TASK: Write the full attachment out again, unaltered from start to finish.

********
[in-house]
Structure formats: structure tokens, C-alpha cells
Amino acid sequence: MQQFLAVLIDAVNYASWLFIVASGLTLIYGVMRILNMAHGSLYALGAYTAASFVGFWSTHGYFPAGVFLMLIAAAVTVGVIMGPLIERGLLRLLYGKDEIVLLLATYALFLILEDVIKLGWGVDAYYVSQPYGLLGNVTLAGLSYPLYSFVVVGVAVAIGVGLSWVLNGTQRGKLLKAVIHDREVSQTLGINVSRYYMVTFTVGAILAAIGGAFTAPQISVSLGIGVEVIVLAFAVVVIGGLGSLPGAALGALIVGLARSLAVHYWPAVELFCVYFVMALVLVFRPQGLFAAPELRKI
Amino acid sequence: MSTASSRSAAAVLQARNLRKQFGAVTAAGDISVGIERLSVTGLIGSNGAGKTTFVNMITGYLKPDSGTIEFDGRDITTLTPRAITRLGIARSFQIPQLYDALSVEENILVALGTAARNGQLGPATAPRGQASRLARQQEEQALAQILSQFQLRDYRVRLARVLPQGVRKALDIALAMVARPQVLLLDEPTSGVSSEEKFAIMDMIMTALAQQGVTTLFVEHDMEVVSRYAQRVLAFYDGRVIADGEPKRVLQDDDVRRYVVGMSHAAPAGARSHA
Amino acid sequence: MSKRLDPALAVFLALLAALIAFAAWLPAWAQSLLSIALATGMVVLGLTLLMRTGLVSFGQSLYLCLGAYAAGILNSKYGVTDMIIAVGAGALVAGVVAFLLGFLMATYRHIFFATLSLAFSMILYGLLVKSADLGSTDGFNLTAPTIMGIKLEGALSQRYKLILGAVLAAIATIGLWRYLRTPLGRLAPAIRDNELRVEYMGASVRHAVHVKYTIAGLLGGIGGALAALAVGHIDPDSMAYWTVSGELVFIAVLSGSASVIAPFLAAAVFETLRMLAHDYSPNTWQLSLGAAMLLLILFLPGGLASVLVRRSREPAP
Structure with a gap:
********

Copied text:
[in-house]
Structure formats: structure tokens, C-alpha cells
Amino acid sequence: MQQFLAVLIDAVNYASWLFIVASGLTLIYGVMRILNMAHGSLYALGAYTAASFVGFWSTHGYFPAGVFLMLIAAAVTVGVIMGPLIERGLLRLLYGKDEIVLLLATYALFLILEDVIKLGWGVDAYYVSQPYGLLGNVTLAGLSYPLYSFVVVGVAVAIGVGLSWVLNGTQRGKLLKAVIHDREVSQTLGINVSRYYMVTFTVGAILAAIGGAFTAPQISVSLGIGVEVIVLAFAVVVIGGLGSLPGAALGALIVGLARSLAVHYWPAVELFCVYFVMALVLVFRPQGLFAAPELRKI
Amino acid sequence: MSTASSRSAAAVLQARNLRKQFGAVTAAGDISVGIERLSVTGLIGSNGAGKTTFVNMITGYLKPDSGTIEFDGRDITTLTPRAITRLGIARSFQIPQLYDALSVEENILVALGTAARNGQLGPATAPRGQASRLARQQEEQALAQILSQFQLRDYRVRLARVLPQGVRKALDIALAMVARPQVLLLDEPTSGVSSEEKFAIMDMIMTALAQQGVTTLFVEHDMEVVSRYAQRVLAFYDGRVIADGEPKRVLQDDDVRRYVVGMSHAAPAGARSHA
Amino acid sequence: MSKRLDPALAVFLALLAALIAFAAWLPAWAQSLLSIALATGMVVLGLTLLMRTGLVSFGQSLYLCLGAYAAGILNSKYGVTDMIIAVGAGALVAGVVAFLLGFLMATYRHIFFATLSLAFSMILYGLLVKSADLGSTDGFNLTAPTIMGIKLEGALSQRYKLILGAVLAAIATIGLWRYLRTPLGRLAPAIRDNELRVEYMGASVRHAVHVKYTIAGLLGGIGGALAALAVGHIDPDSMAYWTVSGELVFIAVLSGSASVIAPFLAAAVFETLRMLAHDYSPNTWQLSLGAAMLLLILFLPGGLASVLVRRSREPAP
Structure with a gap: